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A Dull Week For Bond Traders

The yields on gilts moved in a narrow range. Volumes on the wholesale debt market also remained relatively low, averaging Rs 1,630 crore during the week

Bond markets remained dull during the week ended August 26, 2005. The yields on gilts moved in a narrow range and the volumes on the wholesale debt market also remained relatively low, averaging Rs 1,630 crore during the week. A fall in the inflation to its 34-month low failed to have much impact as high oil prices kept the pressure up, causing worries to the market participants. The yield on the benchmark 7.38 per cent GOI 2015 bond ended the week at 7.08 per cent, up one basis point from its last Friday's close of 7.07 per cent.

On August 25, 2005, the RBI conducted the auction of 11.9 per cent GOI 2007 bond worth Rs 6,000 crore under the market stabilisation scheme (MSS), to check the surplus liquidity in the system. The RBI set the cut-off price of Rs 109.59 at the auction.

The yields edged up earlier in the week as the crude oil prices touched $68 per barrel mark. Moreover, traders were concerned over the expectations of a hike in the domestic fuel prices, which will reverse the declining trend of inflation. Government's announcement of auction worth Rs 6,000 crore to drain the liquidity also contributed to the cautious sentiments that prevailed in the markets. The yield on the benchmark 7.38 per cent GOI 2015 bond inched up to touch its weekly high of 7.10 per cent on Wednesday. However, a decline in the yields on the US treasuries provided some succour to the bond markets, as they posted marginal gains on Friday, to cover the losses posted earlier in the week.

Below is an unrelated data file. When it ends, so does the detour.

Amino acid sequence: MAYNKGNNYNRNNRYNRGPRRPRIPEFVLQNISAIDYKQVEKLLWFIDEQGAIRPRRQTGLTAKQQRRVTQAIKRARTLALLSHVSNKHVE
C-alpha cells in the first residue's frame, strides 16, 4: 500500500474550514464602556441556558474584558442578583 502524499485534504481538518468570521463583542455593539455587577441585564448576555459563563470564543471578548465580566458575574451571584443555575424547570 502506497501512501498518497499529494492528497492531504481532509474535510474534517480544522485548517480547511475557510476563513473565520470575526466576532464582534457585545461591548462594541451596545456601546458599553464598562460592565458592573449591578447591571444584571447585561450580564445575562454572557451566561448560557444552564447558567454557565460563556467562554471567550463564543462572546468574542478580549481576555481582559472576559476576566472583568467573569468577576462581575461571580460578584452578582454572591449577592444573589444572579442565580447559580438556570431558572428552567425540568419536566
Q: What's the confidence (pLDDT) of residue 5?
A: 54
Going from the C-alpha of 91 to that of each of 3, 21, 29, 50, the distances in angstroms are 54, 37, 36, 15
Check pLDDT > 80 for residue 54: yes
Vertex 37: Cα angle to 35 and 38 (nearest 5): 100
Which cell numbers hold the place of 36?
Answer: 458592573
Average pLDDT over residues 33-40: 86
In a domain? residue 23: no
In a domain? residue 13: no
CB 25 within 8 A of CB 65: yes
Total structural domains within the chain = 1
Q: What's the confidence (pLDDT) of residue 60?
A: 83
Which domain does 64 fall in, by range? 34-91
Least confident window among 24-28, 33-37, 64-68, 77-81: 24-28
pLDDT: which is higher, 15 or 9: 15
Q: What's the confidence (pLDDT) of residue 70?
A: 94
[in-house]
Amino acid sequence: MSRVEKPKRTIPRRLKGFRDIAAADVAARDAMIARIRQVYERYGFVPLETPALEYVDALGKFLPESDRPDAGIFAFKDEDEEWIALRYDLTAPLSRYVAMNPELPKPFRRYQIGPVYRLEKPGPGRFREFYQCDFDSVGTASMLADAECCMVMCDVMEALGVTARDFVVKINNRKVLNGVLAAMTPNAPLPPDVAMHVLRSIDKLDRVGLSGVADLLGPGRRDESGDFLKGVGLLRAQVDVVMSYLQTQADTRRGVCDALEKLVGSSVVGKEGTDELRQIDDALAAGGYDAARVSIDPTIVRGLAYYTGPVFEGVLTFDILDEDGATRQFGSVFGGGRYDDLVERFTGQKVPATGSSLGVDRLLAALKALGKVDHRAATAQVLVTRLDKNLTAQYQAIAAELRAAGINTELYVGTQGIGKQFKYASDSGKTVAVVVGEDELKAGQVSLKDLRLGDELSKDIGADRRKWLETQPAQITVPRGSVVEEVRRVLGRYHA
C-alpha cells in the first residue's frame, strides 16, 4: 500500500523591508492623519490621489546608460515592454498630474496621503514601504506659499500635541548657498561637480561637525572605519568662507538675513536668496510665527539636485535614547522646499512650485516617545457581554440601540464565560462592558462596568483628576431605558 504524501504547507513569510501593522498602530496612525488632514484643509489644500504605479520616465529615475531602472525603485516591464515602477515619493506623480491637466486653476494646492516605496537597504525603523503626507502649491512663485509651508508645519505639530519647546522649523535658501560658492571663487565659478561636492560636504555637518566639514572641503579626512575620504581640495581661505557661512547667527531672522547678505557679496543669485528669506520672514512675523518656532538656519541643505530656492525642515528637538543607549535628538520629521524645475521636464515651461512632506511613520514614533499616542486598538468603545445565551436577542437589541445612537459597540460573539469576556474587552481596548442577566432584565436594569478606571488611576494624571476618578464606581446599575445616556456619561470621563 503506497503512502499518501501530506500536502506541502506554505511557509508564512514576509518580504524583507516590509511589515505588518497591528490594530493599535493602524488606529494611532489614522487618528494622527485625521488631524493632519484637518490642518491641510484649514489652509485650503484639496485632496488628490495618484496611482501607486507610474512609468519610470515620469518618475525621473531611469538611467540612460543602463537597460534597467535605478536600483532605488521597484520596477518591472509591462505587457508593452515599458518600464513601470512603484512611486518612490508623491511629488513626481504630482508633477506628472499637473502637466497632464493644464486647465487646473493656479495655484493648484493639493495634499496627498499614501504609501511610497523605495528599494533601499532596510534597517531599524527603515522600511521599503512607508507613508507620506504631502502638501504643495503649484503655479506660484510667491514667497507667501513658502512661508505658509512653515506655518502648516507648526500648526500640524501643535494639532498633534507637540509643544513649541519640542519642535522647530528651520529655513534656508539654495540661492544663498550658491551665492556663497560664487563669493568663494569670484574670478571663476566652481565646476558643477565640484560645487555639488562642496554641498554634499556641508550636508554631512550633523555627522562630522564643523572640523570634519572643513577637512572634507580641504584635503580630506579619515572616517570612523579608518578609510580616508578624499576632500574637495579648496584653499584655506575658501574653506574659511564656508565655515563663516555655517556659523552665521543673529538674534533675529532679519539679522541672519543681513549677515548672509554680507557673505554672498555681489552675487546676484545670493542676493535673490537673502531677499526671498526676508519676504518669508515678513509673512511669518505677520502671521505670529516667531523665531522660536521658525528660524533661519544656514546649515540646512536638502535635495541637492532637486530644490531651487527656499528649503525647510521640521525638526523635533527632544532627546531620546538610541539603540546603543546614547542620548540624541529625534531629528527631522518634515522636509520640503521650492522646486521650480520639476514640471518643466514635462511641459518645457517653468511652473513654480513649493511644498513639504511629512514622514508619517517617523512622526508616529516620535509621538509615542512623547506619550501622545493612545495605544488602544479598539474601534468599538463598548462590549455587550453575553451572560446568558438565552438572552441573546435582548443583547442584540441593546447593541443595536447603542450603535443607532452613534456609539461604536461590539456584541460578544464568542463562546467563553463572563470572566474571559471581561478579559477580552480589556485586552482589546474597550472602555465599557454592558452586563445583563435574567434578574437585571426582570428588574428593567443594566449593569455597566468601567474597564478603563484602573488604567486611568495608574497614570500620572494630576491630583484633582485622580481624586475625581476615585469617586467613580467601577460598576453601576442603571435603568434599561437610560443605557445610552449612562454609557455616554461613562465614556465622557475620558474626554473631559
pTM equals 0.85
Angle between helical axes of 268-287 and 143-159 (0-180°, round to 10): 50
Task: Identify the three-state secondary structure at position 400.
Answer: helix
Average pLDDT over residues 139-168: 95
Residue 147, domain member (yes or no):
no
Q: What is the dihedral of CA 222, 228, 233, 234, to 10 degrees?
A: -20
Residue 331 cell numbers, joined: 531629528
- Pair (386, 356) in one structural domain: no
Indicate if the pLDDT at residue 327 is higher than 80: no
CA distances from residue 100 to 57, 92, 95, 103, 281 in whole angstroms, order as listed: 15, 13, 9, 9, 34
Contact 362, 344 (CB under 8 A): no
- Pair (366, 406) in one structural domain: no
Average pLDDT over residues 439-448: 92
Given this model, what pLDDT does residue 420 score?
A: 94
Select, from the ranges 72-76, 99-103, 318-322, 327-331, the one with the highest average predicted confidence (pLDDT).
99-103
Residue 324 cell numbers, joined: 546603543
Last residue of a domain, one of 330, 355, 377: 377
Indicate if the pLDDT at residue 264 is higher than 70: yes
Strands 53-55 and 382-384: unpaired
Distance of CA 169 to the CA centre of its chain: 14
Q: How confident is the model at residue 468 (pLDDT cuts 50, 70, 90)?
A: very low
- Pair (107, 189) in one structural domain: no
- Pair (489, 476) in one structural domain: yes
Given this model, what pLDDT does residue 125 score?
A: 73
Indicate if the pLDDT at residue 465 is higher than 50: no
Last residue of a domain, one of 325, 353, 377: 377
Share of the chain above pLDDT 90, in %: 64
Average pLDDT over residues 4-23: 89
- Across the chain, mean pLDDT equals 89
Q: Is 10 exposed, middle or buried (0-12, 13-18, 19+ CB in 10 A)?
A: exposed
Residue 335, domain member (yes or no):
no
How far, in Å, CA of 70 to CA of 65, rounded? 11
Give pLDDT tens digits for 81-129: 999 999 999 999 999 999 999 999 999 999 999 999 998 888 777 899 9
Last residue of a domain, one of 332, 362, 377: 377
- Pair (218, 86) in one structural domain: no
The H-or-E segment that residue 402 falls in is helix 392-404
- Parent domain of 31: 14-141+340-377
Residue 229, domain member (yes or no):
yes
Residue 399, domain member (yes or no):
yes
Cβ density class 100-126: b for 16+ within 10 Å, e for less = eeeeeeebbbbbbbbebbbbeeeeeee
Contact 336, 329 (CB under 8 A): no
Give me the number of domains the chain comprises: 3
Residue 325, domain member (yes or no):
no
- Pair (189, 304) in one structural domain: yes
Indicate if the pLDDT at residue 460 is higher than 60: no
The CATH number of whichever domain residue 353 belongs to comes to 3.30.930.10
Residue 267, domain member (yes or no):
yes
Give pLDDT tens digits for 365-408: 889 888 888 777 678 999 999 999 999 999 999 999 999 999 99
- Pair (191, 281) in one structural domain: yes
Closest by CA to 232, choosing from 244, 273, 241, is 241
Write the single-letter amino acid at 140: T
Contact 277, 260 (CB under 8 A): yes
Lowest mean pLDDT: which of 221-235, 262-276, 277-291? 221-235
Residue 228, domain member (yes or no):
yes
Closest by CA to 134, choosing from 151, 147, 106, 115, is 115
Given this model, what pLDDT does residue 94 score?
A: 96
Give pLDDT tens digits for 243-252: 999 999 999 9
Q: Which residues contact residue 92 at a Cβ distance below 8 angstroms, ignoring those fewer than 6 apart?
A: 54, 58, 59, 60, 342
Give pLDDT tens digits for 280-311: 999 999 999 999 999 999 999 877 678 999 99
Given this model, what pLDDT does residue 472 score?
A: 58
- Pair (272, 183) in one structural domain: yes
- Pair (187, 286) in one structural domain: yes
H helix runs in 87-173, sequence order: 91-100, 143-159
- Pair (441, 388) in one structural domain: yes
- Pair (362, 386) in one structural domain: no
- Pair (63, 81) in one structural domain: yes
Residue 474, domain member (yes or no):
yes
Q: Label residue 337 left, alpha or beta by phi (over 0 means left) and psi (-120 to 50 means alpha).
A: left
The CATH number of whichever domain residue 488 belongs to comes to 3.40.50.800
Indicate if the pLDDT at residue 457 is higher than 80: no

Inflation for the week ended August 13, 2005 registered another decline to its 34-month low of 3.13 per cent, down from previous week's 3.35 per cent. A fall in the prices of oilseeds, minerals and manufactured products contributed to a lower inflation figure. However, it did not have much impact on the markets even though the decline was more than expectations.

Oil prices spiked up during the week to touch $68 per barrel. Supply concerns were evoked as a hurricane named Hurricane Katrina threatened to disrupt the rigs in the Gulf of Mexico. An estimate suggests that crude oil production of around 6 million barrels has already been disrupted by storms in the Gulf of Mexico so far this year.

Rupee lost ground against the dollar during the week, as the greenback gained strength against all major currencies. Demand for dollar from corporates and oil companies also contributed to the weakness of the Indian currency.

Call rates remained steady in the range of 4.90-5.05 per cent for most part of the week, as the liquidity remained comfortable. As on August 25, 2005, the cumulative borrowing and lending figures in the call money market stood at Rs 10,003.77 crore and Rs 10,003.77 crore on a weighted average rate of 5.03 per cent and 5.03 per cent respectively.


With the markets expecting an announcement on the hike in the domestic fuel prices shortly, the traders may abstain from building up positions early in the week. The markets may take direction once things become more clear on the hike in domestic fuel prices. Meanwhile, ample liquidity is expected to provide support to the markets and keep losses in check.